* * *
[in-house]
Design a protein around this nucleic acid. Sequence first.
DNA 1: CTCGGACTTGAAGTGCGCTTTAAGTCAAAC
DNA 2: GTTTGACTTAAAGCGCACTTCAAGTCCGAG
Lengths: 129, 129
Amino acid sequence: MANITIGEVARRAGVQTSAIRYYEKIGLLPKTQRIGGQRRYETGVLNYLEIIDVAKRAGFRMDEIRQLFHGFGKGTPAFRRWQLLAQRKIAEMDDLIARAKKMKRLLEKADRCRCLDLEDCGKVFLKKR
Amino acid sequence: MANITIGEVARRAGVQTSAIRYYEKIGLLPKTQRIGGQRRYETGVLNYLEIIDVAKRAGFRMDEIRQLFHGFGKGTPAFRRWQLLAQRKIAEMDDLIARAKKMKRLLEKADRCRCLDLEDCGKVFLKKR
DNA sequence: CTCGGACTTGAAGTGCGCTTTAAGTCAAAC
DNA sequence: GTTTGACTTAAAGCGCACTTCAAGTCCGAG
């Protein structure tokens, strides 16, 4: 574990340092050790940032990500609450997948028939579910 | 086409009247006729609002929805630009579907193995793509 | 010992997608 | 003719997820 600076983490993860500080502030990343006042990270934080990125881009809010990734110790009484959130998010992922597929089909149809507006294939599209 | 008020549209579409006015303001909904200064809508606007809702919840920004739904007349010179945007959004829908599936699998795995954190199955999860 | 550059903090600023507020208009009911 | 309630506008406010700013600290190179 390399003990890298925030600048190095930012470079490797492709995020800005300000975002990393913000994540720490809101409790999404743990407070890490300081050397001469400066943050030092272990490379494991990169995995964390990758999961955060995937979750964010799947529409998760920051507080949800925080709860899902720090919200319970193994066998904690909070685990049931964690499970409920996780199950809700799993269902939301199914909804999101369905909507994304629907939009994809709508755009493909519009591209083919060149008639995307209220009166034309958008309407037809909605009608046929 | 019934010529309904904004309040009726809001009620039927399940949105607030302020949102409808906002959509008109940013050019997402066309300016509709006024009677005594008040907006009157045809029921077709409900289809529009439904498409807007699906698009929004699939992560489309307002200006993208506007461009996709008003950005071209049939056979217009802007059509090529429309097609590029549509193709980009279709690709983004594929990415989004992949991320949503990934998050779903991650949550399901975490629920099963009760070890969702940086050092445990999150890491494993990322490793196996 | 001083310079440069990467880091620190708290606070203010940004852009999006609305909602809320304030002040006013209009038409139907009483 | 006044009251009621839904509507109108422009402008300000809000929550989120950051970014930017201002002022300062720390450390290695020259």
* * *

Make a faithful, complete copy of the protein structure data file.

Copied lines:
[in-house]
Design a protein around this nucleic acid. Sequence first.
DNA 1: CTCGGACTTGAAGTGCGCTTTAAGTCAAAC
DNA 2: GTTTGACTTAAAGCGCACTTCAAGTCCGAG
Lengths: 129, 129
Amino acid sequence: MANITIGEVARRAGVQTSAIRYYEKIGLLPKTQRIGGQRRYETGVLNYLEIIDVAKRAGFRMDEIRQLFHGFGKGTPAFRRWQLLAQRKIAEMDDLIARAKKMKRLLEKADRCRCLDLEDCGKVFLKKR
Amino acid sequence: MANITIGEVARRAGVQTSAIRYYEKIGLLPKTQRIGGQRRYETGVLNYLEIIDVAKRAGFRMDEIRQLFHGFGKGTPAFRRWQLLAQRKIAEMDDLIARAKKMKRLLEKADRCRCLDLEDCGKVFLKKR
DNA sequence: CTCGGACTTGAAGTGCGCTTTAAGTCAAAC
DNA sequence: GTTTGACTTAAAGCGCACTTCAAGTCCGAG
């Protein structure tokens, strides 16, 4: 574990340092050790940032990500609450997948028939579910 | 086409009247006729609002929805630009579907193995793509 | 010992997608 | 003719997820 600076983490993860500080502030990343006042990270934080990125881009809010990734110790009484959130998010992922597929089909149809507006294939599209 | 008020549209579409006015303001909904200064809508606007809702919840920004739904007349010179945007959004829908599936699998795995954190199955999860 | 550059903090600023507020208009009911 | 309630506008406010700013600290190179 390399003990890298925030600048190095930012470079490797492709995020800005300000975002990393913000994540720490809101409790999404743990407070890490300081050397001469400066943050030092272990490379494991990169995995964390990758999961955060995937979750964010799947529409998760920051507080949800925080709860899902720090919200319970193994066998904690909070685990049931964690499970409920996780199950809700799993269902939301199914909804999101369905909507994304629907939009994809709508755009493909519009591209083919060149008639995307209220009166034309958008309407037809909605009608046929 | 019934010529309904904004309040009726809001009620039927399940949105607030302020949102409808906002959509008109940013050019997402066309300016509709006024009677005594008040907006009157045809029921077709409900289809529009439904498409807007699906698009929004699939992560489309307002200006993208506007461009996709008003950005071209049939056979217009802007059509090529429309097609590029549509193709980009279709690709983004594929990415989004992949991320949503990934998050779903991650949550399901975490629920099963009760070890969702940086050092445990999150890491494993990322490793196996 | 001083310079440069990467880091620190708290606070203010940004852009999006609305909602809320304030002040006013209009038409139907009483 | 006044009251009621839904509507109108422009402008300000809000929550989120950051970014930017201002002022300062720390450390290695020259």